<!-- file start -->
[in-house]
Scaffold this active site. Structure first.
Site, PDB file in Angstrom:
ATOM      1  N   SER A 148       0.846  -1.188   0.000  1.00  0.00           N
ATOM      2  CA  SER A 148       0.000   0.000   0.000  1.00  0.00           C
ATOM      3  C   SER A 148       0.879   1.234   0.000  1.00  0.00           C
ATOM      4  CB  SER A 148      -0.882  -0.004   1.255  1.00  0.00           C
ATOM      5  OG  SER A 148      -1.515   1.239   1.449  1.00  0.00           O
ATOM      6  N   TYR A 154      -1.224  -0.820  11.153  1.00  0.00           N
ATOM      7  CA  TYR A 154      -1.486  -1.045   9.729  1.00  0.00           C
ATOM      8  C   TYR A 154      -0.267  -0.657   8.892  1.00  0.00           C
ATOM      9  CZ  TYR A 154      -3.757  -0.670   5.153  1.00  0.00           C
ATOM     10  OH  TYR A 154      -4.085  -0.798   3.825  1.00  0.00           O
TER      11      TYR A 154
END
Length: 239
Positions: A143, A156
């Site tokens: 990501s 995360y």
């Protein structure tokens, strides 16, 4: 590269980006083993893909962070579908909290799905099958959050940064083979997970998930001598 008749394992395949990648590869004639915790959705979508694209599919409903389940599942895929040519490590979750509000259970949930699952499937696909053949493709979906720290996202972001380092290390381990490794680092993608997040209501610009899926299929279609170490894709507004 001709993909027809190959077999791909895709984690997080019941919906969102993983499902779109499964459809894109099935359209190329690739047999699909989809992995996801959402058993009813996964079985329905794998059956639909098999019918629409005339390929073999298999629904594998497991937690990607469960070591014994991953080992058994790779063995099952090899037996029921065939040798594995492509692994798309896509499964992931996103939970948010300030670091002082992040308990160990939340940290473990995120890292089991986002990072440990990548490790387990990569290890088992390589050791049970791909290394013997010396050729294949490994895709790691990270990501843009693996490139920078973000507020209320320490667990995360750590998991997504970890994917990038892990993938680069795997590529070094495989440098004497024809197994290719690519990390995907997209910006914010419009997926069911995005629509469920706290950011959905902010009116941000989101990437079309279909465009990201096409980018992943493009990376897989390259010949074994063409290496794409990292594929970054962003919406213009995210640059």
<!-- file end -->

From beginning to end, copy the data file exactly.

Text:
[in-house]
Scaffold this active site. Structure first.
Site, PDB file in Angstrom:
ATOM      1  N   SER A 148       0.846  -1.188   0.000  1.00  0.00           N
ATOM      2  CA  SER A 148       0.000   0.000   0.000  1.00  0.00           C
ATOM      3  C   SER A 148       0.879   1.234   0.000  1.00  0.00           C
ATOM      4  CB  SER A 148      -0.882  -0.004   1.255  1.00  0.00           C
ATOM      5  OG  SER A 148      -1.515   1.239   1.449  1.00  0.00           O
ATOM      6  N   TYR A 154      -1.224  -0.820  11.153  1.00  0.00           N
ATOM      7  CA  TYR A 154      -1.486  -1.045   9.729  1.00  0.00           C
ATOM      8  C   TYR A 154      -0.267  -0.657   8.892  1.00  0.00           C
ATOM      9  CZ  TYR A 154      -3.757  -0.670   5.153  1.00  0.00           C
ATOM     10  OH  TYR A 154      -4.085  -0.798   3.825  1.00  0.00           O
TER      11      TYR A 154
END
Length: 239
Positions: A143, A156
């Site tokens: 990501s 995360y």
């Protein structure tokens, strides 16, 4: 590269980006083993893909962070579908909290799905099958959050940064083979997970998930001598 008749394992395949990648590869004639915790959705979508694209599919409903389940599942895929040519490590979750509000259970949930699952499937696909053949493709979906720290996202972001380092290390381990490794680092993608997040209501610009899926299929279609170490894709507004 001709993909027809190959077999791909895709984690997080019941919906969102993983499902779109499964459809894109099935359209190329690739047999699909989809992995996801959402058993009813996964079985329905794998059956639909098999019918629409005339390929073999298999629904594998497991937690990607469960070591014994991953080992058994790779063995099952090899037996029921065939040798594995492509692994798309896509499964992931996103939970948010300030670091002082992040308990160990939340940290473990995120890292089991986002990072440990990548490790387990990569290890088992390589050791049970791909290394013997010396050729294949490994895709790691990270990501843009693996490139920078973000507020209320320490667990995360750590998991997504970890994917990038892990993938680069795997590529070094495989440098004497024809197994290719690519990390995907997209910006914010419009997926069911995005629509469920706290950011959905902010009116941000989101990437079309279909465009990201096409980018992943493009990376897989390259010949074994063409290496794409990292594929970054962003919406213009995210640059």